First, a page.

Pediatrician: Vaccinate your child now against COVID

Viruses need hosts.

COVID-19 seeks hosts who have not been vaccinated, and children have been at risk. Now, the FDA has approved the Pfizer COVID-19 vaccine and the CDC has recommended it for children ages 5 through 11 years.

During the pandemic, COVID-19 did not seem to affect children. That has rapidly changed. We have seen more cases and more severe cases of children with COVID. About 1.9 million children in the 5-11 age group have already had COVID-19. More than 8,000 children with COVID have been hospitalized in the United States.

Children with COVID-19 face many challenges. One infrequent complication is multisystem inflammatory syndrome in children, or MIS-C, and it can affect several organs in the body. Children with MIS-C are typically in the 5 to 11 age group.

Treatment for COVID-19 is available for adults but not young children. Most treatments are only indicated for people 12 years old and older. Anti-viral therapy won’t be available for children. Remdesivir is only for adults.

All you can offer a child with COVID is supportive care. You can sit by their side and keep them hydrated. We don’t have anything we can give them.

The best way to reach herd immunity is through vaccination. Vaccinating gets us closer to herd immunity. Vaccination also prevents the virus from mutating to new variants.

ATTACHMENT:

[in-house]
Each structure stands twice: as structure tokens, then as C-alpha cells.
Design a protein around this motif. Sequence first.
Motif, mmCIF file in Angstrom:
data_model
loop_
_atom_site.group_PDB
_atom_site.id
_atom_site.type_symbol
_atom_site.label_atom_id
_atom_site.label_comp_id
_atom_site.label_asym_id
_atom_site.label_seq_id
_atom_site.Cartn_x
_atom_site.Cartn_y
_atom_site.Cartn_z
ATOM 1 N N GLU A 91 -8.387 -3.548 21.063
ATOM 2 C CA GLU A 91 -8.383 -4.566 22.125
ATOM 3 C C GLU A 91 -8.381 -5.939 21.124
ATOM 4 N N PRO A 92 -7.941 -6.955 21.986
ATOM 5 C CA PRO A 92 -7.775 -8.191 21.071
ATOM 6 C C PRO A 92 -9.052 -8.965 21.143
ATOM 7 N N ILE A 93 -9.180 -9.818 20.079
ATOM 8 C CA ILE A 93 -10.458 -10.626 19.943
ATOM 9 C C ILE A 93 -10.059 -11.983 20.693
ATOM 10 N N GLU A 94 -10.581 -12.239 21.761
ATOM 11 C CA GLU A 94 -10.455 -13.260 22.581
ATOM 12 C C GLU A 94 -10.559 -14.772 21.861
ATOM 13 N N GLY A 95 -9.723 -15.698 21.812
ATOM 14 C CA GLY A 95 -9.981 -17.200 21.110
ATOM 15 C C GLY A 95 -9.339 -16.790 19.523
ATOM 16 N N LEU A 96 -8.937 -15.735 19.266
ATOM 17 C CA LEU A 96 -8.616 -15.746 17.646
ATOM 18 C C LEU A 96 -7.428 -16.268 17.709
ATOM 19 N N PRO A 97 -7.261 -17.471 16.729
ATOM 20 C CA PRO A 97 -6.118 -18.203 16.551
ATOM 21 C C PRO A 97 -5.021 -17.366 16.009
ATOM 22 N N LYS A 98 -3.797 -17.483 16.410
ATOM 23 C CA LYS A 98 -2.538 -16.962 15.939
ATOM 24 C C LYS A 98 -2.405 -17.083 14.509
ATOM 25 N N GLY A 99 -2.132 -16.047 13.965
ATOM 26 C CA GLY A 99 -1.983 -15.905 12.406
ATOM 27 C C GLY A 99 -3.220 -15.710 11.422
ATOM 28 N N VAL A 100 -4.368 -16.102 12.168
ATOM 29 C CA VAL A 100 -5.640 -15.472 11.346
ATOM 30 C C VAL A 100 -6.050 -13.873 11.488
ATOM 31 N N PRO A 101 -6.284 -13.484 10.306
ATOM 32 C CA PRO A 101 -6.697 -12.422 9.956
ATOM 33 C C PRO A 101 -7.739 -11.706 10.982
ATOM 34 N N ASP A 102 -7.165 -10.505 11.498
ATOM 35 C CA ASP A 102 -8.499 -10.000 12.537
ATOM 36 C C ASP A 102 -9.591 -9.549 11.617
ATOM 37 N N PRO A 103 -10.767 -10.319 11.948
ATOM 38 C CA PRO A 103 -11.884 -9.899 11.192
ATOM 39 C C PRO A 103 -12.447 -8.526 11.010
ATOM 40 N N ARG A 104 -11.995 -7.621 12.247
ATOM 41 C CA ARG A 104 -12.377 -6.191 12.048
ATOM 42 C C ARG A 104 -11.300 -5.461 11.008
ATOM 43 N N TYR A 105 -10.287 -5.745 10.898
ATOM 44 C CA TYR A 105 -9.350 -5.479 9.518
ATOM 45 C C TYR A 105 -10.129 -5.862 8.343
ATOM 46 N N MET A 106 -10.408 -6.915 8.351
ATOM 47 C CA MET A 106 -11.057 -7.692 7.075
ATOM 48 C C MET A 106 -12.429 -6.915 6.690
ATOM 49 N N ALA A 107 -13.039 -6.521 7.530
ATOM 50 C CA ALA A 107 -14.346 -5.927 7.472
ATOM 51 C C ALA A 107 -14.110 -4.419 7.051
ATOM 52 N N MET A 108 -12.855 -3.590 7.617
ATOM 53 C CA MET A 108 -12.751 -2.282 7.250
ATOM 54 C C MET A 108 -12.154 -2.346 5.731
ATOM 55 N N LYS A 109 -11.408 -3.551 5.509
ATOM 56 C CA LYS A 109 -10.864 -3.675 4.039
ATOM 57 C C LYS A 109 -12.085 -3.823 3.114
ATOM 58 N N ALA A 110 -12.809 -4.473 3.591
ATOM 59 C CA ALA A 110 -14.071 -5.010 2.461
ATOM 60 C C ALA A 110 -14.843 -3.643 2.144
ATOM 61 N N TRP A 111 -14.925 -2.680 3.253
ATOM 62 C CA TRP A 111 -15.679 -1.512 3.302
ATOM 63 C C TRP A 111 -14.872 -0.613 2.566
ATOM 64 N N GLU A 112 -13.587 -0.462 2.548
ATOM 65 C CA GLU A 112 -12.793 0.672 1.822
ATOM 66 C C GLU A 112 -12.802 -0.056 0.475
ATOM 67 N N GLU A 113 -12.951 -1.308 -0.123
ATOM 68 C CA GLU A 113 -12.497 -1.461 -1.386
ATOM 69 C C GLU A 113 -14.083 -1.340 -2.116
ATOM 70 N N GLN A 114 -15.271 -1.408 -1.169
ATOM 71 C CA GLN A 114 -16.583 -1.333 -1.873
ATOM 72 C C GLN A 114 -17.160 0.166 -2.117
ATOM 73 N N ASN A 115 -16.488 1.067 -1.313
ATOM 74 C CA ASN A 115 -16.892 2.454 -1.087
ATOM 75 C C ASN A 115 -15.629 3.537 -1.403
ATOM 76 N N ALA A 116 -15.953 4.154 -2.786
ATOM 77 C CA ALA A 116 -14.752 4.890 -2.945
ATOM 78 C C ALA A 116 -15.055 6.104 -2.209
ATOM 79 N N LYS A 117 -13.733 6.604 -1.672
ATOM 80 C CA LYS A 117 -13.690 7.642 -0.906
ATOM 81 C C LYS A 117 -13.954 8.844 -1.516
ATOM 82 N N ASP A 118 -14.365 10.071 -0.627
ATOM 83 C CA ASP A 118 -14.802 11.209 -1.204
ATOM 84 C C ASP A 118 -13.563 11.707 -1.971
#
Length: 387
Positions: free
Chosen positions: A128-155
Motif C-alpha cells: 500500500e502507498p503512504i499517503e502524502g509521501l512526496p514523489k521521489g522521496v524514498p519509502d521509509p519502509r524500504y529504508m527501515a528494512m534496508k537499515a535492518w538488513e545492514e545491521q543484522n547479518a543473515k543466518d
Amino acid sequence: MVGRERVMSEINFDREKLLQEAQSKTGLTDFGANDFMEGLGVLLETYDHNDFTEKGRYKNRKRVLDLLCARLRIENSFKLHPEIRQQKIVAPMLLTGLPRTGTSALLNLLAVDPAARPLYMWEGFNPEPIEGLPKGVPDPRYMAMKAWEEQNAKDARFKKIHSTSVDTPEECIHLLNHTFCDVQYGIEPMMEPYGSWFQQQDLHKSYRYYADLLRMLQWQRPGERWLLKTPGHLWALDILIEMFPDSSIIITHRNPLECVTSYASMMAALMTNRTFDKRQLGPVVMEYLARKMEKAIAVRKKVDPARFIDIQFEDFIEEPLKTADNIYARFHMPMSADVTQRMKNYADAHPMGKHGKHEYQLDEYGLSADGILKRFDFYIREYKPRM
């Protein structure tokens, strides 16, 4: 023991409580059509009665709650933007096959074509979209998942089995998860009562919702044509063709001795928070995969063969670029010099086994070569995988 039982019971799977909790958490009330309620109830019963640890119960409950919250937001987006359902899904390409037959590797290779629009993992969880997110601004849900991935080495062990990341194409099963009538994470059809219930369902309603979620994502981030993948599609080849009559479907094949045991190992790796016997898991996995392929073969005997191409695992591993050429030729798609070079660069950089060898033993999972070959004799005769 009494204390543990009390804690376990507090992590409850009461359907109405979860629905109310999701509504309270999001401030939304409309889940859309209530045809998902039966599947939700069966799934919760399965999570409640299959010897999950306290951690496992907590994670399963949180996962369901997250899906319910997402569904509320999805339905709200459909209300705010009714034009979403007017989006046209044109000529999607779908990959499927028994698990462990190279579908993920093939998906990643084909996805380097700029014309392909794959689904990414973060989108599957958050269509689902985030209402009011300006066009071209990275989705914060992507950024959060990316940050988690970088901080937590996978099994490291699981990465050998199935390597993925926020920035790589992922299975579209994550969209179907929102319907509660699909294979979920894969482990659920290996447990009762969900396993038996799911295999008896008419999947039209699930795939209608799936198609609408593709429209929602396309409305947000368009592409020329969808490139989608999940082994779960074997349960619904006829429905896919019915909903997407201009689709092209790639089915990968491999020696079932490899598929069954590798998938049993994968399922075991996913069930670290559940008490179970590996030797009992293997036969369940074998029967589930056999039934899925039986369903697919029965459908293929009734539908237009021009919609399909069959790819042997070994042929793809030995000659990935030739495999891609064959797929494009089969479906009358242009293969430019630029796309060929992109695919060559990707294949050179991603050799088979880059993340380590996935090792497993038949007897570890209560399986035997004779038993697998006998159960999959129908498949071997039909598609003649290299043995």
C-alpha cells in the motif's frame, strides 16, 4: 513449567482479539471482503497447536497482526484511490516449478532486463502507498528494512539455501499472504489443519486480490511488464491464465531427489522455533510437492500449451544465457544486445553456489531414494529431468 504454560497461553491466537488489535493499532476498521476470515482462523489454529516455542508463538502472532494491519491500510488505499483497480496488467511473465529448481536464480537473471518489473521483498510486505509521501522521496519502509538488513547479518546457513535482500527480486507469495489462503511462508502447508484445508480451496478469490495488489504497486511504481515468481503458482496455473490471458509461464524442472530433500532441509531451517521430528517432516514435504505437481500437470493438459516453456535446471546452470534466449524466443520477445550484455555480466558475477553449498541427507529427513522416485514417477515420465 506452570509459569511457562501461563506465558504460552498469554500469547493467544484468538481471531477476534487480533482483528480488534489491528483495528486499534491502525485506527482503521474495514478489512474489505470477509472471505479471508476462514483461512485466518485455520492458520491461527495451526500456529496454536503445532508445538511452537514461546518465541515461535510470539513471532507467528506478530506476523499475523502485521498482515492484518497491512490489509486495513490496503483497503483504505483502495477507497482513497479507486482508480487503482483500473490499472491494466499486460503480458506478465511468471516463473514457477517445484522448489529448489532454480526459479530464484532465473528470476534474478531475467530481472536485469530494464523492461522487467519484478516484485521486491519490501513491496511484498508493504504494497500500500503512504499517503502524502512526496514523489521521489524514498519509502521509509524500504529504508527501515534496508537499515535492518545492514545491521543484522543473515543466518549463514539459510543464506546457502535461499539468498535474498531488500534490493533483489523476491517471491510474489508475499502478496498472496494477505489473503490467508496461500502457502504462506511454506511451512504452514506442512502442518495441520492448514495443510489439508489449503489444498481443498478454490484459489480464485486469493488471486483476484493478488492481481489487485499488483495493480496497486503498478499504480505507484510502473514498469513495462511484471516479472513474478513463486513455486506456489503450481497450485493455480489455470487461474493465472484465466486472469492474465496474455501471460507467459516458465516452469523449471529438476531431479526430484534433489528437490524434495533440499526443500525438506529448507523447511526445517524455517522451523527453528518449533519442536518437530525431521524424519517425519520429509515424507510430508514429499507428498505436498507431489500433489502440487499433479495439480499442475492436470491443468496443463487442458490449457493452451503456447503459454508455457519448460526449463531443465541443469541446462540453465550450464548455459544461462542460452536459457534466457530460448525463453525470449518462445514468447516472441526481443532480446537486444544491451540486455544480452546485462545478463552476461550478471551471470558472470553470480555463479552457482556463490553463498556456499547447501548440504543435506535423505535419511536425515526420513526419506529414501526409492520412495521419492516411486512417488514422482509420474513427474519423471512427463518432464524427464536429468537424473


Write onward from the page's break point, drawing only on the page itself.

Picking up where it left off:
We are all trying to go back to a new normal, and that includes keeping up with other scheduled immunizations. Parents should get back into the pediatrician’s office and get their children vaccinated. The last thing we need right now is an outbreak of the measles.

It’s extremely important to get the flu vaccine this year. Last year, we wore masks and practiced good hygiene to avoid catching COVID-19. Because of these practices, the flu virus has been dormant. We don’t know what it will be like this year.

Pediatricians usually catch children with fall and winter birthdays in time to get a flu shot during routine visits. We can miss the ones with spring or summer birthdays, so we encourage parents to bring them in for a flu shot or to get a flu shot for children 7 years old and older at a pharmacy.

Children can get flu and COVID vaccinations the same day. Also, if an 11-year-old is getting a meningitis shot, he can get a COVID vaccination the same day. This is acceptable, and there’s no waiting period. Children who have already had COVID still need a COVID vaccine. I’ve heard patients say, “I just had COVID, so I’m going to wait three months before I get the vaccine.” Don’t wait. Do it now.

The side effects of a COVID vaccination shot are similar to older age groups. Pain, body aches, headache and fever are typical and usually resolve in 48 hours. The benefits outweigh the risks. Studies show that children didn’t have adverse effects to the vaccination.

Myocarditis, an inflammation of the heart muscle, has been reported in older teenage boys and young adult men. This happens because our immune system reacts to a stimulus, such as a vaccination, but COVID itself can also cause heart muscle inflammation. Children who are 5- to 11-years old are not the age group getting myocarditis.

COVID 19 vaccination is under very intensive safety monitoring. It is safe. Get your child vaccinated, and get your vaccination, too. It’s safe, efficient, and it’s the only way out of this mess.

Don’t allow your child to become a host.

Dr. Manuela Murray

Dr. Manuela Murray is a pediatrician at UTMB Health Pediatric Primary Care, Bay Colony.

COVID-19 Vaccine Information